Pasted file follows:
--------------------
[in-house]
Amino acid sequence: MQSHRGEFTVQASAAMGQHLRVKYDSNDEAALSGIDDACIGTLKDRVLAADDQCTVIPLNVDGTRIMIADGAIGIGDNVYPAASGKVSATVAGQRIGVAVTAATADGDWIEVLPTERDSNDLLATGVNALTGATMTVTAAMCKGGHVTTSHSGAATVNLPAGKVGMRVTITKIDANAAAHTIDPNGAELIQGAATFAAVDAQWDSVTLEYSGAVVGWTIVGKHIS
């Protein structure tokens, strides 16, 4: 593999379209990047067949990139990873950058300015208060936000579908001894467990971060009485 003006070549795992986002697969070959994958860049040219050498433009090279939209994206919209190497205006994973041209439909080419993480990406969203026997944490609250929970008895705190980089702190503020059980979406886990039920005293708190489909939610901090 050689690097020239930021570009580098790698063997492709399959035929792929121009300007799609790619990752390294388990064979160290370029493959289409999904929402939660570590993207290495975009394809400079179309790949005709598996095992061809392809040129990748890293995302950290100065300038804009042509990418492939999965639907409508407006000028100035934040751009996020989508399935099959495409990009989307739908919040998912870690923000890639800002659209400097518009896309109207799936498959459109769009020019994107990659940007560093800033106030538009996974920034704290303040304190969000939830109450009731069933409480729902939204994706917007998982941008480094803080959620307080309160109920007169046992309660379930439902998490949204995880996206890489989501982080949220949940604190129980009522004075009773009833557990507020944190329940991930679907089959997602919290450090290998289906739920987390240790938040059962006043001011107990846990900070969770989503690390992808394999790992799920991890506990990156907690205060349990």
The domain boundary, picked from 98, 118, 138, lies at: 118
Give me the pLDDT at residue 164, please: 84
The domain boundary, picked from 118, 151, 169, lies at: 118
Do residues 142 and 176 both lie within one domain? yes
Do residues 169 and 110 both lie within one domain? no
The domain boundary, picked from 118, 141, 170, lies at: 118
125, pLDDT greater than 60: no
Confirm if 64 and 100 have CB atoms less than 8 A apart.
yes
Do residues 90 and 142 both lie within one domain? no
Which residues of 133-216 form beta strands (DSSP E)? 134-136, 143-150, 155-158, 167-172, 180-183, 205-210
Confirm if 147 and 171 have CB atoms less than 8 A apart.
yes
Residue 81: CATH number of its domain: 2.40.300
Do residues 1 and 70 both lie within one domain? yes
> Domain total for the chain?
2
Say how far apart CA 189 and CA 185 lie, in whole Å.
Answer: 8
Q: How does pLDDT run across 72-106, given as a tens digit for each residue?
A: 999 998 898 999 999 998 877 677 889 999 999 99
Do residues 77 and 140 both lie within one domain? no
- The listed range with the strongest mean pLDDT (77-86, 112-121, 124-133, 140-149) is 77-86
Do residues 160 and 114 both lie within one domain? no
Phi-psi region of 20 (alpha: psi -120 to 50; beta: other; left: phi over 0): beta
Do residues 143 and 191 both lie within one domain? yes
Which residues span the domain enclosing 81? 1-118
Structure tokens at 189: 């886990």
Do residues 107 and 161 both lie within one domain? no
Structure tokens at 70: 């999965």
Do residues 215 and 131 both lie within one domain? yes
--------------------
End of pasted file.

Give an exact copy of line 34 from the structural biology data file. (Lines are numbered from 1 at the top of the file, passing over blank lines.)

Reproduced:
Do residues 215 and 131 both lie within one domain? yes